Medical Definition of Koch's postulates

  • Medical Author:
    William C. Shiel Jr., MD, FACP, FACR

    Dr. Shiel received a Bachelor of Science degree with honors from the University of Notre Dame. There he was involved in research in radiation biology and received the Huisking Scholarship. After graduating from St. Louis University School of Medicine, he completed his Internal Medicine residency and Rheumatology fellowship at the University of California, Irvine. He is board-certified in Internal Medicine and Rheumatology.

Koch's postulates: In 1890 the German physician and bacteriologist Robert Koch set out his celebrated criteria for judging whether a given bacteria is the cause of a given disease. Koch's criteria brought some much-needed scientific clarity to what was then a very confused field.

Koch's postulates are as follows:

  • The bacteria must be present in every case of the disease.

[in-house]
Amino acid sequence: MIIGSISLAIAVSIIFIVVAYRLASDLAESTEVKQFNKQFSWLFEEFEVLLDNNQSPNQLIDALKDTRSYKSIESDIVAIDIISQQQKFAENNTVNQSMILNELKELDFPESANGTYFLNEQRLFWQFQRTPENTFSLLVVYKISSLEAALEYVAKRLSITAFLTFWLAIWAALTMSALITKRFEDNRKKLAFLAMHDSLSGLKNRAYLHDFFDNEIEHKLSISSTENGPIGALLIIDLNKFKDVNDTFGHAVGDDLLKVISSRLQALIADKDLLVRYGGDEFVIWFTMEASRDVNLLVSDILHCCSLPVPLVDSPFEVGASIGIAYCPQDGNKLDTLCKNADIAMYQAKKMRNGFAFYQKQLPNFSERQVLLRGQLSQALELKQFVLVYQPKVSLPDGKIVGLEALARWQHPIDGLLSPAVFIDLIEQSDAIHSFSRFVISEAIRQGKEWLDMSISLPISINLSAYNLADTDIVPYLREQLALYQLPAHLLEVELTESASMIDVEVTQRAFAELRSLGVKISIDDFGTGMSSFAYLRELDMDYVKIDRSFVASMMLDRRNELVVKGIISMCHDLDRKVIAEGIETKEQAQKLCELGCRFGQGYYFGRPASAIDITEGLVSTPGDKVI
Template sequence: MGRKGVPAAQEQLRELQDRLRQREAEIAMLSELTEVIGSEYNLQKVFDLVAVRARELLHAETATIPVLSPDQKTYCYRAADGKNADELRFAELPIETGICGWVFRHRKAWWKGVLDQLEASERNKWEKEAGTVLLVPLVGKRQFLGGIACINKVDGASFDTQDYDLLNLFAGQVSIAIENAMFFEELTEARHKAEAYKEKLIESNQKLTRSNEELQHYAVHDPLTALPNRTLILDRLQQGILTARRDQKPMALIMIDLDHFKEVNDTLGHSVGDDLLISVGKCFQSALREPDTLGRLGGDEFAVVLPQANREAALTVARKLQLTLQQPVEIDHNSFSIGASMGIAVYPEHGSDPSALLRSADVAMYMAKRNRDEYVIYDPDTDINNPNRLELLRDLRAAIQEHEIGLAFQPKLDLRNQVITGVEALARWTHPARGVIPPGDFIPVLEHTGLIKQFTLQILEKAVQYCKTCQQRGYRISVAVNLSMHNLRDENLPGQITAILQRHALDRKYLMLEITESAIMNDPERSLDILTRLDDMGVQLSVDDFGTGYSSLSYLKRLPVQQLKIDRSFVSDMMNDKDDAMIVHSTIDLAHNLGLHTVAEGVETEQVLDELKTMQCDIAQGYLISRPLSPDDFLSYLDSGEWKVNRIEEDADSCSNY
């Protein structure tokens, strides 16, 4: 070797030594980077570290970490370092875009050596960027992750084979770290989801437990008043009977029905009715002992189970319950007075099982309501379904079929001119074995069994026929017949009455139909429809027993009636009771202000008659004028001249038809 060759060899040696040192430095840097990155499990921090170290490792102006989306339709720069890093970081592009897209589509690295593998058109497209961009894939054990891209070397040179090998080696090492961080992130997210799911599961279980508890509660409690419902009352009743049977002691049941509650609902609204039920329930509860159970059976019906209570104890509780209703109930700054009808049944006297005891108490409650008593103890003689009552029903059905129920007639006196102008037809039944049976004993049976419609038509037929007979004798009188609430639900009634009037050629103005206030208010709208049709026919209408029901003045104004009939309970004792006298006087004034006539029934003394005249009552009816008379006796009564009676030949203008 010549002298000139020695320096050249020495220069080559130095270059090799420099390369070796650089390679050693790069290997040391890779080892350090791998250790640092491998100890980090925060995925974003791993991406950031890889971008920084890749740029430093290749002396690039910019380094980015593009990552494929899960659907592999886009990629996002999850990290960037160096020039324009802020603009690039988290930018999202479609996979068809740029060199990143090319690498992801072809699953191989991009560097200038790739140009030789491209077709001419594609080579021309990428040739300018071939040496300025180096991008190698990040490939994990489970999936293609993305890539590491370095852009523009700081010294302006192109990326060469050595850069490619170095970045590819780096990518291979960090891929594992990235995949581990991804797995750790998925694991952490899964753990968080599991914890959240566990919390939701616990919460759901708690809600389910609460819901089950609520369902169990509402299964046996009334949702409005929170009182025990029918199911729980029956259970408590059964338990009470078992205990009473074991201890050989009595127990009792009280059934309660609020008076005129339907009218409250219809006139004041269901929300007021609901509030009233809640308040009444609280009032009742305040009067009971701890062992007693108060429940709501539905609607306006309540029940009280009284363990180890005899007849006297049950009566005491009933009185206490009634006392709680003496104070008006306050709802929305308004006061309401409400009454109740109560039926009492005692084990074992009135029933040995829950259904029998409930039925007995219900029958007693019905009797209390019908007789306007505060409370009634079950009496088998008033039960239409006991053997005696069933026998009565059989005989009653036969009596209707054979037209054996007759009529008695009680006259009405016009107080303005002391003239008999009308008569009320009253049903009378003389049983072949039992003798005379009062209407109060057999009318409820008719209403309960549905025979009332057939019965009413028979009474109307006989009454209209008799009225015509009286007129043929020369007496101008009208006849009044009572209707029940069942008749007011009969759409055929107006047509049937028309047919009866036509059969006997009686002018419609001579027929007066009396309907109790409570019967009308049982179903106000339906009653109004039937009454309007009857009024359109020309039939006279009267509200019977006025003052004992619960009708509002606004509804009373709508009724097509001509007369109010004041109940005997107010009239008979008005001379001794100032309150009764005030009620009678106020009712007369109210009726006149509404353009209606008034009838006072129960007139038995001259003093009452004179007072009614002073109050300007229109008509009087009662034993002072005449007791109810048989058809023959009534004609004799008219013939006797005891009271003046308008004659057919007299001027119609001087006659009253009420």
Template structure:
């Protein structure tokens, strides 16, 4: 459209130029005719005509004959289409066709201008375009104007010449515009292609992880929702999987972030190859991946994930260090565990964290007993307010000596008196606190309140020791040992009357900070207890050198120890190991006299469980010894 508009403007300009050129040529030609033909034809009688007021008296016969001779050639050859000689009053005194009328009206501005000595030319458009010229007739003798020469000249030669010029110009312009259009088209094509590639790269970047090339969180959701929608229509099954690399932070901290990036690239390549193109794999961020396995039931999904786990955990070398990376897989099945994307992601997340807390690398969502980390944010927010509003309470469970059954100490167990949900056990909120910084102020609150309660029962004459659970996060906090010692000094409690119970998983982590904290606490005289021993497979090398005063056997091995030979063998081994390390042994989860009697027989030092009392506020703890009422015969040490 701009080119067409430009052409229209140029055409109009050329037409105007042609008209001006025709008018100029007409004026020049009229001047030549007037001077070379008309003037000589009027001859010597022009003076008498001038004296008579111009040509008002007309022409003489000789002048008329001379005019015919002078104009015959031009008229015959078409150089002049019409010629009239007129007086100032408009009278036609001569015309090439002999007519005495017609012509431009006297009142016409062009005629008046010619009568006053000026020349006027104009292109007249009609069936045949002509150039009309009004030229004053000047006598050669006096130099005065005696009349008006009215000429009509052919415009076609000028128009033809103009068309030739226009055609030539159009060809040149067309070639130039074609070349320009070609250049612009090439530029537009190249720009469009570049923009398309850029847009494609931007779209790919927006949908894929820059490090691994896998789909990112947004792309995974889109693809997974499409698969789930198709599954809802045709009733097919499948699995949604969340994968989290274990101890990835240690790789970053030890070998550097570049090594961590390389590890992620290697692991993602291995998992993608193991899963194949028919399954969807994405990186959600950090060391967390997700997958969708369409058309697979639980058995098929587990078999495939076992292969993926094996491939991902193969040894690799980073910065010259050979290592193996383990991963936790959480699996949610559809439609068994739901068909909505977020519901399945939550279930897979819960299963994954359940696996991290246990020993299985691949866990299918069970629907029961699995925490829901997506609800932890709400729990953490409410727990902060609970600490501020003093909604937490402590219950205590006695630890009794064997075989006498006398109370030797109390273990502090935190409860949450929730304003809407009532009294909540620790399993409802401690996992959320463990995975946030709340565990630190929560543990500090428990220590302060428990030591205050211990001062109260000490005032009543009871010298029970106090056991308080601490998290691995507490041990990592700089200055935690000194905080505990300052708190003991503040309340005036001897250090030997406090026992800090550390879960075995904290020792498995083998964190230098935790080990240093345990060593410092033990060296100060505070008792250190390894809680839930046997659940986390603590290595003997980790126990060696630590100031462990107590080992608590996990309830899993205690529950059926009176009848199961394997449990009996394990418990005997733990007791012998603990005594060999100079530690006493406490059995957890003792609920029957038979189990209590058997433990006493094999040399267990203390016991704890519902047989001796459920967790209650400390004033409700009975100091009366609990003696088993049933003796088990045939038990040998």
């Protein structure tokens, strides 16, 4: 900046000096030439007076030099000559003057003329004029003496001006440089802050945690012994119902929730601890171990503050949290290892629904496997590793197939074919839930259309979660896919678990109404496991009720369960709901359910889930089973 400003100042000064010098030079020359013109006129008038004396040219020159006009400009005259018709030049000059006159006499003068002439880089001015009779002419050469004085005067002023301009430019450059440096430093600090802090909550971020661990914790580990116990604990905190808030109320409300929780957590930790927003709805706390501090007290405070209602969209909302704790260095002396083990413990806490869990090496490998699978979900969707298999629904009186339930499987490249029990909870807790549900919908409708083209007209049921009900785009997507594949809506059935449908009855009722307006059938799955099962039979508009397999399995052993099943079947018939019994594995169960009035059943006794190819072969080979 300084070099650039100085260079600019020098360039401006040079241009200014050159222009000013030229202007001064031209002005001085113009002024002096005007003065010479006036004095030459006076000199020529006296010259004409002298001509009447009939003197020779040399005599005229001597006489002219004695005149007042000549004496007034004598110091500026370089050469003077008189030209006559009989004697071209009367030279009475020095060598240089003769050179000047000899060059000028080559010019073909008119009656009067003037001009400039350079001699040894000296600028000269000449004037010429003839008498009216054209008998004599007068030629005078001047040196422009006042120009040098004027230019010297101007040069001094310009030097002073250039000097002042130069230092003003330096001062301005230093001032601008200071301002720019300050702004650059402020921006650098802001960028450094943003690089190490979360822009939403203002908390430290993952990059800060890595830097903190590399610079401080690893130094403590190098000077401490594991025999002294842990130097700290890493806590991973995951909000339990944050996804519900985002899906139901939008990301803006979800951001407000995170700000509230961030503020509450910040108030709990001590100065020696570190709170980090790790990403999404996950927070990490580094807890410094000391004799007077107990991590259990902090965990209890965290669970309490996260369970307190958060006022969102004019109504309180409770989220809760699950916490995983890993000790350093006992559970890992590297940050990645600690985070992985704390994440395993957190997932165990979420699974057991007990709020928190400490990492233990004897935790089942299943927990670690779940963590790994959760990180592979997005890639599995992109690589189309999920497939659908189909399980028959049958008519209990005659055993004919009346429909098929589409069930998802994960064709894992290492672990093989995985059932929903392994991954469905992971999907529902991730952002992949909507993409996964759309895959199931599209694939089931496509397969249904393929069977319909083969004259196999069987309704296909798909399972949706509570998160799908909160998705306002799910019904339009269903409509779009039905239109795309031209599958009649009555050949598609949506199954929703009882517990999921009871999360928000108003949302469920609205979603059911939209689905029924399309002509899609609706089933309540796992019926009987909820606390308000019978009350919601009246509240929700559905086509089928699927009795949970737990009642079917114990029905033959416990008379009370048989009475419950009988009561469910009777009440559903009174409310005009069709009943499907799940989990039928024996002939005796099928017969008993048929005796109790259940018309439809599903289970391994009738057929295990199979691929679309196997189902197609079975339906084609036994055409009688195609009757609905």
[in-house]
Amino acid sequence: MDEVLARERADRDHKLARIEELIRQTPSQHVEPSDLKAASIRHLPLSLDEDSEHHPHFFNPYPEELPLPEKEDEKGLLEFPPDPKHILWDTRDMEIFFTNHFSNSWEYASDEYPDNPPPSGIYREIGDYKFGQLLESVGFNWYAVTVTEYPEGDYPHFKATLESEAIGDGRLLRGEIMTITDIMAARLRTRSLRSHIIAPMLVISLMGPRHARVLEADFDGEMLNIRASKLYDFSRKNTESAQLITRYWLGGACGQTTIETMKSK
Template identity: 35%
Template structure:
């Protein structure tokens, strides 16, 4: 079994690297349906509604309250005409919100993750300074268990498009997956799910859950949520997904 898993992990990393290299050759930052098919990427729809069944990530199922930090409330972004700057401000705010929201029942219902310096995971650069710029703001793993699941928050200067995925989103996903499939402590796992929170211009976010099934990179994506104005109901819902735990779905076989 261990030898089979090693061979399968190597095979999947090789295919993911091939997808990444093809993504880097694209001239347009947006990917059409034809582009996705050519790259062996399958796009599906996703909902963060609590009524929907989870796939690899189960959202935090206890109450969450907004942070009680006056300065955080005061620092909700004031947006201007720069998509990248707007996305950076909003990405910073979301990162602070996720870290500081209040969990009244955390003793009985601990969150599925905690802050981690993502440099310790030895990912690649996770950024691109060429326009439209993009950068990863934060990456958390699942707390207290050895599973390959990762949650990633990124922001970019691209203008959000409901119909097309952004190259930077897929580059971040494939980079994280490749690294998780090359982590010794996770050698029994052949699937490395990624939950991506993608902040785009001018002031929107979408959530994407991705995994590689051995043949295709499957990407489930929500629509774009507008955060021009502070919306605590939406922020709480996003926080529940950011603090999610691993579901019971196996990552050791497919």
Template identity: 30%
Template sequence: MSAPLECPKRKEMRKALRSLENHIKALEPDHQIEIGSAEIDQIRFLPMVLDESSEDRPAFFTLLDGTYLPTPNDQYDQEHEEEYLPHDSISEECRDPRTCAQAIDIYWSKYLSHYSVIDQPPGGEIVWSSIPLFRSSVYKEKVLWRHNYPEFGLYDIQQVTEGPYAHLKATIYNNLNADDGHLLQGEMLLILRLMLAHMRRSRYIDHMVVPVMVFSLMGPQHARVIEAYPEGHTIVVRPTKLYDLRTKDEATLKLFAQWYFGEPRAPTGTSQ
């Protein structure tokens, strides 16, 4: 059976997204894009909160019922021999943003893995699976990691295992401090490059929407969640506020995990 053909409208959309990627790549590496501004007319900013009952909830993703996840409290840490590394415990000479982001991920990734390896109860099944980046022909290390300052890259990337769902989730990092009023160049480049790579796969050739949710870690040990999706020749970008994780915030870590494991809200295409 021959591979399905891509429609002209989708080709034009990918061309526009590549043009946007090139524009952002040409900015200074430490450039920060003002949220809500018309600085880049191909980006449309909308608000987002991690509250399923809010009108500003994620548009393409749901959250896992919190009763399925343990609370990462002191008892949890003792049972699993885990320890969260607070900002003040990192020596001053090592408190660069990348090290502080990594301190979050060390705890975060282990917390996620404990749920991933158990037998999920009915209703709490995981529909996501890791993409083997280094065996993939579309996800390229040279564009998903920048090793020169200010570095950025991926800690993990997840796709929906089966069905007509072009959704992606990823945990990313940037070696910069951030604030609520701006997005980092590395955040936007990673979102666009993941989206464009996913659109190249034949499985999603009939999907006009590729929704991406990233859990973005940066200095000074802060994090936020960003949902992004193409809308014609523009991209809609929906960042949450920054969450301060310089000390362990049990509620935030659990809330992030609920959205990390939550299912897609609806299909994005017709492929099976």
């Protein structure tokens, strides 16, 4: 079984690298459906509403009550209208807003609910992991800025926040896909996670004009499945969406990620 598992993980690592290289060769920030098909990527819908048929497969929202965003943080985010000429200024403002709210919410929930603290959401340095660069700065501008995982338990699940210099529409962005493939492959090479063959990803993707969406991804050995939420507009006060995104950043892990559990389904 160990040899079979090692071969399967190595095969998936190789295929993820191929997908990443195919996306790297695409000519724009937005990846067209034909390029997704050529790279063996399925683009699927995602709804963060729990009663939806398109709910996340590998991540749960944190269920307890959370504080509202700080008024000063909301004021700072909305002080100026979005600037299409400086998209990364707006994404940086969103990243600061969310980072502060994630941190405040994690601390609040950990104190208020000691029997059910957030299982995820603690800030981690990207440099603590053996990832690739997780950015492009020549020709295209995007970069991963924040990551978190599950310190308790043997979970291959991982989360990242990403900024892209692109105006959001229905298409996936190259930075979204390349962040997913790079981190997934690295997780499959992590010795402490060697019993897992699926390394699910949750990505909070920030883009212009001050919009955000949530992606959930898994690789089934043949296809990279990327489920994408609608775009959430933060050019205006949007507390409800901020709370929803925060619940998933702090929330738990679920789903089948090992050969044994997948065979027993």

• The bacteria must be isolated from the host with the disease and grown in pure culture.
  • The specific disease must be reproduced when a pure culture of the bacteria is inoculated into a healthy susceptible host.
  • The bacteria must be recoverable from the experimentally infected host.

However, Koch's postulates have their limitations and so may not always be the last word. They may not hold if:

  • The particular bacteria (such as the one that causes leprosy) cannot be "grown in pure culture" in the laboratory.
  • There is no animal model of infection with that particular bacteria.

A harmless bacteria may cause disease if:

  • It has acquired extra virulence factors making it pathogenic.
  • It gains access to deep tissues via trauma, surgery, an IV line, etc.
  • It infects an immunocompromised patient.
  • Not all people infected by a bacteria may develop disease-subclinical infection is usually more common than clinically obvious infection.

Despite such limitations, Koch's postulates are still a useful benchmark in judging whether there is a cause-and-effect relationship between a bacteria (or any other type of microorganism) and a clinical disease.

CONTINUE SCROLLING OR CLICK HERE FOR RELATED ARTICLE
Reviewed on 12/27/2018

Health Solutions From Our Sponsors